Warriors battled back from injuries
BELOIT–The West Branch girls basketball team will enter Thursday’s Div. II state semifinal as a much stronger, deeper team than the version that got bounced in the district semifinals last season.
That’s thanks in large part to the successful return of two keys pieces from major knee injuries.
Senior forwards Hannah Ridgway and Maddie Showalter both went down with torn ACLs last year, but they will both be suiting up when the seventh-ranked Warriors take on Dayton Carroll at 1 p.m. Thursday at Ohio State University’s St. John Arena in Columbus.
Ridgway, who started on West Branch’s top-ranked regional semifinalist as a sophomore, blew out her knee during soccer practice in August of 2018, costing her the entire 2018-19 season. She had to watch as the Warriors met an earlier than accustomed tournament exit.
“It was really hard sitting on the bench watching all season,” Ridgway said. “I knew I could help the team, but obviously I couldn’t do anything about it. Watching us lose to Poland (in the district semifinals) made me really hungry to come back strong. I knew if I worked hard and stayed focused, I’d be able to get back on the court again.”
Showalter stepped into Ridgway’s vacancy in the starting lineup as a junior last season only to go down with her own torn ACL in the sectional final against Howland.
After a grueling rehab, she made her return to the court on January 22 in a 66-19 victory over Alliance.
“My therapist was really pushing me hard because I said I wanted to get back for the last part of the season, it was pretty intense.” Showalter said. “We really buckled down and were able to make it happen.”
Two weeks later, she drew her first start of the season against Austintown Fitch, finishing with 10 points and five rebounds in a 57-29 win.
I’ve been able to improve and get comfortable as much as I can,” Showalter said. “I think I’m peaking at the right time.”
Ridgway persevered through her own lengthy rehab and was able to reclaim her spot in the lineup on opening night against Canfield, finishing with 11 points and eight rebounds in a 50-35 loss.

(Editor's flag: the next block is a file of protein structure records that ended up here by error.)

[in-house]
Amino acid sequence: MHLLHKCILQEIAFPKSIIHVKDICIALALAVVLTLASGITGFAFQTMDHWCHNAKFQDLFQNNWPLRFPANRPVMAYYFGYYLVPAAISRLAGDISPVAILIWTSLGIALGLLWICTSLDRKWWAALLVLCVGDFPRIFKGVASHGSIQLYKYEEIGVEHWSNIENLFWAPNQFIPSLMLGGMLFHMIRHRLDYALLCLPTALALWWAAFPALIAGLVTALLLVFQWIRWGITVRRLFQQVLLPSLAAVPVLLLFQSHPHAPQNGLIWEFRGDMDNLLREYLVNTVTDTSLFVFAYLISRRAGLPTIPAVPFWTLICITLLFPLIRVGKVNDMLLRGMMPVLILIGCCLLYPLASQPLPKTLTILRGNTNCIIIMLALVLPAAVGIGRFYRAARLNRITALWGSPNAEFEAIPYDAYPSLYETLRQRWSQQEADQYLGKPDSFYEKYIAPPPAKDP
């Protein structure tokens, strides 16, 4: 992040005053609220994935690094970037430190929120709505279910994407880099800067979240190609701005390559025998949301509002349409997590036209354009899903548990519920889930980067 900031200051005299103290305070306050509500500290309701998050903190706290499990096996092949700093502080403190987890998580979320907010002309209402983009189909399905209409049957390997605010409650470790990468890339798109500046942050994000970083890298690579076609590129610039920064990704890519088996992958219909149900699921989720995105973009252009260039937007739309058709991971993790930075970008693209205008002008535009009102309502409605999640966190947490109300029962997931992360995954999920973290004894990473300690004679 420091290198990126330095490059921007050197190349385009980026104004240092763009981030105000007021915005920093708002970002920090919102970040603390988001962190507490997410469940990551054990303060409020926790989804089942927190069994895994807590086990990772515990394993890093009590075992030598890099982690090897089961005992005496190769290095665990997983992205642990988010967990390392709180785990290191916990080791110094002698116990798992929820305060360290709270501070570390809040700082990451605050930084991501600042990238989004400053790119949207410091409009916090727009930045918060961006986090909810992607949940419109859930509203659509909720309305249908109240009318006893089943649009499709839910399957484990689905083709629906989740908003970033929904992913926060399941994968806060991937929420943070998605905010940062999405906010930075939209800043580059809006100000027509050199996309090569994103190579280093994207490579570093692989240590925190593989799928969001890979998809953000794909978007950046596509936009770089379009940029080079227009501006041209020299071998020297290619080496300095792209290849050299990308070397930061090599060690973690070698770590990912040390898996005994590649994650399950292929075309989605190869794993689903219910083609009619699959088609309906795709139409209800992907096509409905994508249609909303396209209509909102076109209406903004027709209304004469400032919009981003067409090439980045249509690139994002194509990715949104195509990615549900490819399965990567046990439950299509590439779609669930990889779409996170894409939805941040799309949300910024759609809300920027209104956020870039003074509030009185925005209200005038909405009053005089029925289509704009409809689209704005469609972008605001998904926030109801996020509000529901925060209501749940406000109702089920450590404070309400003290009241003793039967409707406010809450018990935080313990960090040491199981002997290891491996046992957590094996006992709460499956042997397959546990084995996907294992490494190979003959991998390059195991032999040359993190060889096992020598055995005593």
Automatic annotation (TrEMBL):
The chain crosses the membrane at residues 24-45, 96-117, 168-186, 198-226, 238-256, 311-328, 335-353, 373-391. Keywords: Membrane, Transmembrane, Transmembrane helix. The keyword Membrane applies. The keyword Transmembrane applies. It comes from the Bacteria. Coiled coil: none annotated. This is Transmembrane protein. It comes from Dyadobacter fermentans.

“I worked for nine months to get back,” Ridgway said. “I had physical therapy all the time, which was a ton of hard work. It took a lot of physical and mental toughness.”
The Warriors couldn’t have asked for much more from Ridgway this season. She is second on the team in scoring and first in rebounding while providing a vital athletic presence in the post.
“My knee has held up pretty well,” Ridgway said. “When I play I really don’t think about it too much.”
The one hiccup came late in the season when an ACL sprain cost her five games down the stretch.
“That was really tough with this being my senior season,” Ridgway said. “But now I’m back, and to be able to help us get to state is just awesome.”
West Branch coach Walt DeShields said the return of Ridgway and Showalter has helped the Warriors elevate to another level.
“We did not have this kind of depth last season,” DeShields said. “If we get in foul trouble or somebody gets a little tired, it helps us play harder. We have a lot of depth in the post, which enables us to play more physical.”
Both Showalter and Ridgway said the experience of making a state tournament run in their final season was more than worth all the exhausting days they fought through to get to this point.
“It’s insane for me to think about,” Showalter said. “I’m just so fortunate to be able to come back and help for the last part of this season.”
“Basketball is my favorite sport and that’s part of what drove me through rehab,” Ridgway said. “This is my favorite team I’ve ever been on and it means so much to be a part of it.”